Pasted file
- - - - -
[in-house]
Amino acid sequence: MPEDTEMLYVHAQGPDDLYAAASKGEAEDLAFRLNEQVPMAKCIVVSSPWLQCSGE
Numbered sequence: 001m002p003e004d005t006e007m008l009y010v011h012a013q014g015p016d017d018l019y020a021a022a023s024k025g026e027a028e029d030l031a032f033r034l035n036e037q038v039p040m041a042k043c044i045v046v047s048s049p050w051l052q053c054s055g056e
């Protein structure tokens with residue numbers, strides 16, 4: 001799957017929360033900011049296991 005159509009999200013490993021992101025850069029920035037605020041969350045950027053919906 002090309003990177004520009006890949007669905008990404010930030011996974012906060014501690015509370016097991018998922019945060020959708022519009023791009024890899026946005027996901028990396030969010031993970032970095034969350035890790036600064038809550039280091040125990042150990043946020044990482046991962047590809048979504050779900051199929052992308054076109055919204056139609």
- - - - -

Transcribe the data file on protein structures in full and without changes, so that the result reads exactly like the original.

[in-house]
Amino acid sequence: MPEDTEMLYVHAQGPDDLYAAASKGEAEDLAFRLNEQVPMAKCIVVSSPWLQCSGE
Numbered sequence: 001m002p003e004d005t006e007m008l009y010v011h012a013q014g015p016d017d018l019y020a021a022a023s024k025g026e027a028e029d030l031a032f033r034l035n036e037q038v039p040m041a042k043c044i045v046v047s048s049p050w051l052q053c054s055g056e
């Protein structure tokens with residue numbers, strides 16, 4: 001799957017929360033900011049296991 005159509009999200013490993021992101025850069029920035037605020041969350045950027053919906 002090309003990177004520009006890949007669905008990404010930030011996974012906060014501690015509370016097991018998922019945060020959708022519009023791009024890899026946005027996901028990396030969010031993970032970095034969350035890790036600064038809550039280091040125990042150990043946020044990482046991962047590809048979504050779900051199929052992308054076109055919204056139609």